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Topic: Parallel Fifths

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  1. #1

    Parallel Fifths

    I have a few questions about parallel fifths. I consider myself to be somewhat musically retarded, but I'm hoping to fix that issue.

    composers for the past few hundred years have forbidden the act of using parallel fifths when composing. I've gone about as far as reading the wikipedia article on this, but I have a few questions.

    My ear must still be very untrained, because parallel fifths don't really pop out to me as sounding bad. I don't think I even notice them at all. To someone with a trained ear, how does it sound? Awkward? Amatuerish? Nails on a chalkboard?

    Also, I've done sound engineering for a lot of choirs in the past, and it seems like every time there is a song that the conuctor really liked, he'd always say "this is such a great song. It has parallel fifths all over the place, but it's such a good arrangement that it works." I feel like I hear this more often than not.

    So, is the parallel fifths thing some sort of musical gospel that can only be broken by truly inspired composers? Or is it just some rule that some dude made up a few hundred years ago and everyone decided to jump on board? Or is it one of those musical snobbery things that people refer to in order to sound like they know how to compose?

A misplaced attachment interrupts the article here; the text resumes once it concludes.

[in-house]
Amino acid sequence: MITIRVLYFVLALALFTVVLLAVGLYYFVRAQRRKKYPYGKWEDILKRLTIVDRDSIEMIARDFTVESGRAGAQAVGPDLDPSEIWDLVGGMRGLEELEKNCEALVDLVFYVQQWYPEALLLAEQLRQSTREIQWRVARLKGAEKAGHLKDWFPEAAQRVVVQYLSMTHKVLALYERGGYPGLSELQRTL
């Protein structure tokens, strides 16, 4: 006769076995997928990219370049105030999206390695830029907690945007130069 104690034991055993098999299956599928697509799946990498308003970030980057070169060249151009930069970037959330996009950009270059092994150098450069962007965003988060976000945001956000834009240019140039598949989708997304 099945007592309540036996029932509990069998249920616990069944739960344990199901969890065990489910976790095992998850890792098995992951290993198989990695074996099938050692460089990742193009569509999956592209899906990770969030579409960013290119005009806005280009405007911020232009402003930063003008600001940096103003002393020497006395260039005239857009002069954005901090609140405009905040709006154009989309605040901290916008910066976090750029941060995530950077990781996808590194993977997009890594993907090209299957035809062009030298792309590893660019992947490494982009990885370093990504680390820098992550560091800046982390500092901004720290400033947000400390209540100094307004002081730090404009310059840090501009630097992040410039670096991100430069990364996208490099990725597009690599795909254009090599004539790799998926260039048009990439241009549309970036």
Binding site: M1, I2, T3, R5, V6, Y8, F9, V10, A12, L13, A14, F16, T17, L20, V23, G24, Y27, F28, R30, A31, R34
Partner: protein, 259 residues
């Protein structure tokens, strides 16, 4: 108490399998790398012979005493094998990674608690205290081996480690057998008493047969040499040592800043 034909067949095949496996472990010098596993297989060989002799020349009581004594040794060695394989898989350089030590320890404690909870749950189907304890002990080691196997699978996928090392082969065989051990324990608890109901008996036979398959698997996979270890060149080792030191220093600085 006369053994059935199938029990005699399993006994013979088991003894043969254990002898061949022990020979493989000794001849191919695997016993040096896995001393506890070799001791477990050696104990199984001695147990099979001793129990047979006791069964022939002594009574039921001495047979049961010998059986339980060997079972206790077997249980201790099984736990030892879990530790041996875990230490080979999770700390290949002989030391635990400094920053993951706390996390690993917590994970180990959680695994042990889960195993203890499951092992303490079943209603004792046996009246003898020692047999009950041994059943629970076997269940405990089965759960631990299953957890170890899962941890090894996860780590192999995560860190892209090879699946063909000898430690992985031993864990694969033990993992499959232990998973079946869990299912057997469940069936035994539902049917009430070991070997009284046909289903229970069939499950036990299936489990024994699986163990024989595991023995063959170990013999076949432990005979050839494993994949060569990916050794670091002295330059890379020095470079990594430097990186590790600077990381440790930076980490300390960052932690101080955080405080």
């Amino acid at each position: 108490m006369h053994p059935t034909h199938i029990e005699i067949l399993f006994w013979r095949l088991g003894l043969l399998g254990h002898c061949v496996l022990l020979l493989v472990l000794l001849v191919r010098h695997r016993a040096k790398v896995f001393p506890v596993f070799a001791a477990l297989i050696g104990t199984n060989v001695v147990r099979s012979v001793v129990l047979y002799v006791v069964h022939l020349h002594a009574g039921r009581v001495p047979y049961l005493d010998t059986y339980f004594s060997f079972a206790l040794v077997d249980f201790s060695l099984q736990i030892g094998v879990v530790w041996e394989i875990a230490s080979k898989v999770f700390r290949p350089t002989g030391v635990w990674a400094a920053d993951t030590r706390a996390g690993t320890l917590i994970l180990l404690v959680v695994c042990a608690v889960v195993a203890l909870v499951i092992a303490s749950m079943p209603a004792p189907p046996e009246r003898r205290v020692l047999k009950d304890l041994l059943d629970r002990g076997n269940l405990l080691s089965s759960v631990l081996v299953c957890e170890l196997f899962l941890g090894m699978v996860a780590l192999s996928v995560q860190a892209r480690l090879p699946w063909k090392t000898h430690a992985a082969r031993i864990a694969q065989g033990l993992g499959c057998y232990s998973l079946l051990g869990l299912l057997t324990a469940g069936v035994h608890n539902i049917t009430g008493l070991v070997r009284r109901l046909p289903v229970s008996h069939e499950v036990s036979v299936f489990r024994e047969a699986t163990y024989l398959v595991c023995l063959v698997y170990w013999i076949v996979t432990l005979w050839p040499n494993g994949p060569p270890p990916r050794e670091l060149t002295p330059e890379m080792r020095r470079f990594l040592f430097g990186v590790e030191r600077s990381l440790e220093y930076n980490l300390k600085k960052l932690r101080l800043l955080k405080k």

Is this a rule for just a certain style of music, or is it accross the board?

    Also, does anyone have any examples of professional music that has parallel fifths that can point out a time stamp and explain why it was good or bad in that situation?

    Sorry, that's a lot of questions for one post.
    Boz Millar

  2. #2

    Re: Parallel Fifths

    Quote Originally Posted by bozmillar View Post
    My ear must still be very untrained, because parallel fifths don't really pop out to me as sounding bad. I don't think I even notice them at all. To someone with a trained ear, how does it sound? Awkward? Amatuerish? Nails on a chalkboard?
    I bet you'll find they do pop out in the contexts where they're inappropriate. The whole reason that they are avoided in some music is that they sound pretty empty, and it's often very obvious.


    Also, I've done sound engineering for a lot of choirs in the past, and it seems like every time there is a song that the conuctor really liked, he'd always say "this is such a great song. It has parallel fifths all over the place, but it's such a good arrangement that it works." I feel like I hear this more often than not.